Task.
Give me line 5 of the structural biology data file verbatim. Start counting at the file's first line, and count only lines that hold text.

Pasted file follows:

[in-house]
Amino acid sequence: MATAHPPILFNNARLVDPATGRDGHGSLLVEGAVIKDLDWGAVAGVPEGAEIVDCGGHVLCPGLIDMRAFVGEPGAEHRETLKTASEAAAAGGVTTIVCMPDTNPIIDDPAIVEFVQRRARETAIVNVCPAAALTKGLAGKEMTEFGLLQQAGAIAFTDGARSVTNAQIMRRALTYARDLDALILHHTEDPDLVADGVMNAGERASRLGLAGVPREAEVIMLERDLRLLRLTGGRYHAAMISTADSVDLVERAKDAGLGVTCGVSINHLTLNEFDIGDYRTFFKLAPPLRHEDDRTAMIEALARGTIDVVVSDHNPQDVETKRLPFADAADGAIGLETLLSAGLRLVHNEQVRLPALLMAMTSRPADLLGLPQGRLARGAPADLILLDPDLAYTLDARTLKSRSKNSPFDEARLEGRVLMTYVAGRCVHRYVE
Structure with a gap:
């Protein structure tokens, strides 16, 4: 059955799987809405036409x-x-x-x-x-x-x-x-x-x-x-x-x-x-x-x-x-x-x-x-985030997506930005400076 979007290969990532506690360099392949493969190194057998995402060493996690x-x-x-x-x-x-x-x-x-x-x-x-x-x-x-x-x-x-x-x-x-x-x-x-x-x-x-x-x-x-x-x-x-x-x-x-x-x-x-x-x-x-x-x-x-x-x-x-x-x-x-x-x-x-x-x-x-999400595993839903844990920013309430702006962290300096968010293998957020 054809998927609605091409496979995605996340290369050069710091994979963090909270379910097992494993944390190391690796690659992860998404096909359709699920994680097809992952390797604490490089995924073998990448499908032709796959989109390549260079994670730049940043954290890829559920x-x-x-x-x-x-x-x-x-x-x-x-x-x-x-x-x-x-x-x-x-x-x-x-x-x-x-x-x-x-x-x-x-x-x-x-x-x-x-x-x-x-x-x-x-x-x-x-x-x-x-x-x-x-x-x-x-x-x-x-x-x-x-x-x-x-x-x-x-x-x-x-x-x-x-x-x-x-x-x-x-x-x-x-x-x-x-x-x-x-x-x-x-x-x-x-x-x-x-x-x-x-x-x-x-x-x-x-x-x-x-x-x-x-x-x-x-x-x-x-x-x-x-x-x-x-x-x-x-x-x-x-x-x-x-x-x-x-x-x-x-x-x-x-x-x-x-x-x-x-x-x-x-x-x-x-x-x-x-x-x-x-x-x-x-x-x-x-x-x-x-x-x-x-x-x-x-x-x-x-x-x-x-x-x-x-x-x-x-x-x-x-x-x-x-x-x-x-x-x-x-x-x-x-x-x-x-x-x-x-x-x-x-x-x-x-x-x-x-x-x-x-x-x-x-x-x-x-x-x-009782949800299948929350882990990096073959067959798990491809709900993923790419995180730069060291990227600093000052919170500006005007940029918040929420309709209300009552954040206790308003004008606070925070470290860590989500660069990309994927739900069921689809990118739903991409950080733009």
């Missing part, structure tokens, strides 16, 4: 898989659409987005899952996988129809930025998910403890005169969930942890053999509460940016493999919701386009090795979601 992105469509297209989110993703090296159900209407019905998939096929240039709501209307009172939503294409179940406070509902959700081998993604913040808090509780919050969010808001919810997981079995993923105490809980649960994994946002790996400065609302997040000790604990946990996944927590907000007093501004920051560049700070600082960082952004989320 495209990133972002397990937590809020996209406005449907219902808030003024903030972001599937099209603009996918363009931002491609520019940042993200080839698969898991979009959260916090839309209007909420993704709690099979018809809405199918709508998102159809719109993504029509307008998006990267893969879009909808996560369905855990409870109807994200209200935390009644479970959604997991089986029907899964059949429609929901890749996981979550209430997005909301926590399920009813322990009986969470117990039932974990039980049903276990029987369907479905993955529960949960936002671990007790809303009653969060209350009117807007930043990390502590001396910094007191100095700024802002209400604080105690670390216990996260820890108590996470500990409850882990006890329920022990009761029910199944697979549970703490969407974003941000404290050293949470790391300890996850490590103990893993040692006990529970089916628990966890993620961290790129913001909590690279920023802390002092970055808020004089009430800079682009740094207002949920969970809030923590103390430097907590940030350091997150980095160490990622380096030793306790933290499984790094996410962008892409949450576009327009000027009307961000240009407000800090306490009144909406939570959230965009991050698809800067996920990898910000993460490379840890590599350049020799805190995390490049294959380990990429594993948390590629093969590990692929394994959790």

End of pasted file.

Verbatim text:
């Missing part, structure tokens, strides 16, 4: 898989659409987005899952996988129809930025998910403890005169969930942890053999509460940016493999919701386009090795979601 992105469509297209989110993703090296159900209407019905998939096929240039709501209307009172939503294409179940406070509902959700081998993604913040808090509780919050969010808001919810997981079995993923105490809980649960994994946002790996400065609302997040000790604990946990996944927590907000007093501004920051560049700070600082960082952004989320 495209990133972002397990937590809020996209406005449907219902808030003024903030972001599937099209603009996918363009931002491609520019940042993200080839698969898991979009959260916090839309209007909420993704709690099979018809809405199918709508998102159809719109993504029509307008998006990267893969879009909808996560369905855990409870109807994200209200935390009644479970959604997991089986029907899964059949429609929901890749996981979550209430997005909301926590399920009813322990009986969470117990039932974990039980049903276990029987369907479905993955529960949960936002671990007790809303009653969060209350009117807007930043990390502590001396910094007191100095700024802002209400604080105690670390216990996260820890108590996470500990409850882990006890329920022990009761029910199944697979549970703490969407974003941000404290050293949470790391300890996850490590103990893993040692006990529970089916628990966890993620961290790129913001909590690279920023802390002092970055808020004089009430800079682009740094207002949920969970809030923590103390430097907590940030350091997150980095160490990622380096030793306790933290499984790094996410962008892409949450576009327009000027009307961000240009407000800090306490009144909406939570959230965009991050698809800067996920990898910000993460490379840890590599350049020799805190995390490049294959380990990429594993948390590629093969590990692929394994959790």